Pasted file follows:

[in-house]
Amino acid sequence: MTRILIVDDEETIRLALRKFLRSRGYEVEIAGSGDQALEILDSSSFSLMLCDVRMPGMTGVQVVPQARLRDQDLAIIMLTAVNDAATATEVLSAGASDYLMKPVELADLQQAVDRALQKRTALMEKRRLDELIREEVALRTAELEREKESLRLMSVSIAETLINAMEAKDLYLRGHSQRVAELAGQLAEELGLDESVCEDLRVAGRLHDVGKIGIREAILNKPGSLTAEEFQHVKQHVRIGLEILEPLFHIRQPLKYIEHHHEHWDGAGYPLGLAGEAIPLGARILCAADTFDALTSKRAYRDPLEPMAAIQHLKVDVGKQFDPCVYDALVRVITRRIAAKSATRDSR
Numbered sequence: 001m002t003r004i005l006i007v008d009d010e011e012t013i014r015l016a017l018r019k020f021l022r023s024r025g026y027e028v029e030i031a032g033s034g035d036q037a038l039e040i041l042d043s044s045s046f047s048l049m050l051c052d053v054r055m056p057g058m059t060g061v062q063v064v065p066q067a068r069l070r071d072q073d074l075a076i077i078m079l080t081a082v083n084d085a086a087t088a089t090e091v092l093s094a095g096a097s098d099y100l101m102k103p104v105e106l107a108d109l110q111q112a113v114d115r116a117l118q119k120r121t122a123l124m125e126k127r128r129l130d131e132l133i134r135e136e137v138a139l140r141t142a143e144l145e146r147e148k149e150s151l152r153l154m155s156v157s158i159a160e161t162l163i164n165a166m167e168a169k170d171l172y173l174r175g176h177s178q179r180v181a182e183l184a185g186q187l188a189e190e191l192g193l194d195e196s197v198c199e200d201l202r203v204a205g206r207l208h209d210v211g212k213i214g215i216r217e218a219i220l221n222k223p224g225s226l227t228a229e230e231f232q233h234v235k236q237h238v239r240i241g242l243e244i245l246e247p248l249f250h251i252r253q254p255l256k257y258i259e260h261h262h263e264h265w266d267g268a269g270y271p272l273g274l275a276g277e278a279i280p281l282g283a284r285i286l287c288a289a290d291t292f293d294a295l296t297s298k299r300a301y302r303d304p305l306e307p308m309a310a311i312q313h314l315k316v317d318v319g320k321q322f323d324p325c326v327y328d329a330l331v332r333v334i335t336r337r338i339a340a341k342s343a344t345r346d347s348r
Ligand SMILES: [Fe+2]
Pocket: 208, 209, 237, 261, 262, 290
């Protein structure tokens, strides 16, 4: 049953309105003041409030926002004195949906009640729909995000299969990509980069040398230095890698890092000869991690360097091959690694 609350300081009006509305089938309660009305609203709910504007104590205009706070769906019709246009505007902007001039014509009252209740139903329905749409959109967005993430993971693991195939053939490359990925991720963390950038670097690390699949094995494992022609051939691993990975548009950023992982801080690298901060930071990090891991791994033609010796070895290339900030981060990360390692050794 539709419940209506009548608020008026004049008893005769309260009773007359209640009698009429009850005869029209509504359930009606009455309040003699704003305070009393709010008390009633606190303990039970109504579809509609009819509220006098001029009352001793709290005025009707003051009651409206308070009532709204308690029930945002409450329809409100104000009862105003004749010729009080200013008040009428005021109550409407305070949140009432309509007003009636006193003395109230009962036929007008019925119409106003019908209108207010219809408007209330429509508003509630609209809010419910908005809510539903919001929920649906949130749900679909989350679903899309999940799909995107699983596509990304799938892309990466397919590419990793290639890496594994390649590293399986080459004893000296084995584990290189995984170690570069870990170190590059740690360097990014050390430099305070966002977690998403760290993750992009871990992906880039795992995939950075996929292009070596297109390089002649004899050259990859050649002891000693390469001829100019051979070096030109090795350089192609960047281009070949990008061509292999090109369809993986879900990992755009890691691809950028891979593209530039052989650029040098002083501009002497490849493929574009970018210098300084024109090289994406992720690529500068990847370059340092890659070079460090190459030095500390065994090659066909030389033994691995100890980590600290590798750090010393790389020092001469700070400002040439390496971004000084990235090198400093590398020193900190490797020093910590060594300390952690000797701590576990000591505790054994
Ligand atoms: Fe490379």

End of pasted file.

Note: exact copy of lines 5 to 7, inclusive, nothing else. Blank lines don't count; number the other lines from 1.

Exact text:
Pocket: 208, 209, 237, 261, 262, 290
């Protein structure tokens, strides 16, 4: 049953309105003041409030926002004195949906009640729909995000299969990509980069040398230095890698890092000869991690360097091959690694 609350300081009006509305089938309660009305609203709910504007104590205009706070769906019709246009505007902007001039014509009252209740139903329905749409959109967005993430993971693991195939053939490359990925991720963390950038670097690390699949094995494992022609051939691993990975548009950023992982801080690298901060930071990090891991791994033609010796070895290339900030981060990360390692050794 539709419940209506009548608020008026004049008893005769309260009773007359209640009698009429009850005869029209509504359930009606009455309040003699704003305070009393709010008390009633606190303990039970109504579809509609009819509220006098001029009352001793709290005025009707003051009651409206308070009532709204308690029930945002409450329809409100104000009862105003004749010729009080200013008040009428005021109550409407305070949140009432309509007003009636006193003395109230009962036929007008019925119409106003019908209108207010219809408007209330429509508003509630609209809010419910908005809510539903919001929920649906949130749900679909989350679903899309999940799909995107699983596509990304799938892309990466397919590419990793290639890496594994390649590293399986080459004893000296084995584990290189995984170690570069870990170190590059740690360097990014050390430099305070966002977690998403760290993750992009871990992906880039795992995939950075996929292009070596297109390089002649004899050259990859050649002891000693390469001829100019051979070096030109090795350089192609960047281009070949990008061509292999090109369809993986879900990992755009890691691809950028891979593209530039052989650029040098002083501009002497490849493929574009970018210098300084024109090289994406992720690529500068990847370059340092890659070079460090190459030095500390065994090659066909030389033994691995100890980590600290590798750090010393790389020092001469700070400002040439390496971004000084990235090198400093590398020193900190490797020093910590060594300390952690000797701590576990000591505790054994
Ligand atoms: Fe490379």